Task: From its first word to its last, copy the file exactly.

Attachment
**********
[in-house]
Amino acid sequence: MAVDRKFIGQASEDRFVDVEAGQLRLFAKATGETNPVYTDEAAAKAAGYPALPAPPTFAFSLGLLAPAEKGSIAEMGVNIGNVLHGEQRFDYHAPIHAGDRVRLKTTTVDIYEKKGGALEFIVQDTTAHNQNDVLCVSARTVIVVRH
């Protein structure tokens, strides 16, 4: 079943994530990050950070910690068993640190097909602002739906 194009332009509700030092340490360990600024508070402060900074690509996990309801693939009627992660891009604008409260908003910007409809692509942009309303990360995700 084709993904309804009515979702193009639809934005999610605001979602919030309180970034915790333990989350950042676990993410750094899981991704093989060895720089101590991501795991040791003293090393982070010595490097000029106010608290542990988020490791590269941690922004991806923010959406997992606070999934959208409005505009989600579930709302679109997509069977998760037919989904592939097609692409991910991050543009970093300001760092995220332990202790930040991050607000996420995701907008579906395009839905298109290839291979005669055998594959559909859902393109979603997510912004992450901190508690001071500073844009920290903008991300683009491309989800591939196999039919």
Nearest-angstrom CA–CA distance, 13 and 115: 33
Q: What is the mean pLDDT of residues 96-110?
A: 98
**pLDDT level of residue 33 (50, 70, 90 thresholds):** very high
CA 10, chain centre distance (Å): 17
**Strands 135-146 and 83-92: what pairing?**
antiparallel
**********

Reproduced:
[in-house]
Amino acid sequence: MAVDRKFIGQASEDRFVDVEAGQLRLFAKATGETNPVYTDEAAAKAAGYPALPAPPTFAFSLGLLAPAEKGSIAEMGVNIGNVLHGEQRFDYHAPIHAGDRVRLKTTTVDIYEKKGGALEFIVQDTTAHNQNDVLCVSARTVIVVRH
């Protein structure tokens, strides 16, 4: 079943994530990050950070910690068993640190097909602002739906 194009332009509700030092340490360990600024508070402060900074690509996990309801693939009627992660891009604008409260908003910007409809692509942009309303990360995700 084709993904309804009515979702193009639809934005999610605001979602919030309180970034915790333990989350950042676990993410750094899981991704093989060895720089101590991501795991040791003293090393982070010595490097000029106010608290542990988020490791590269941690922004991806923010959406997992606070999934959208409005505009989600579930709302679109997509069977998760037919989904592939097609692409991910991050543009970093300001760092995220332990202790930040991050607000996420995701907008579906395009839905298109290839291979005669055998594959559909859902393109979603997510912004992450901190508690001071500073844009920290903008991300683009491309989800591939196999039919």
Nearest-angstrom CA–CA distance, 13 and 115: 33
Q: What is the mean pLDDT of residues 96-110?
A: 98
**pLDDT level of residue 33 (50, 70, 90 thresholds):** very high
CA 10, chain centre distance (Å): 17
**Strands 135-146 and 83-92: what pairing?**
antiparallel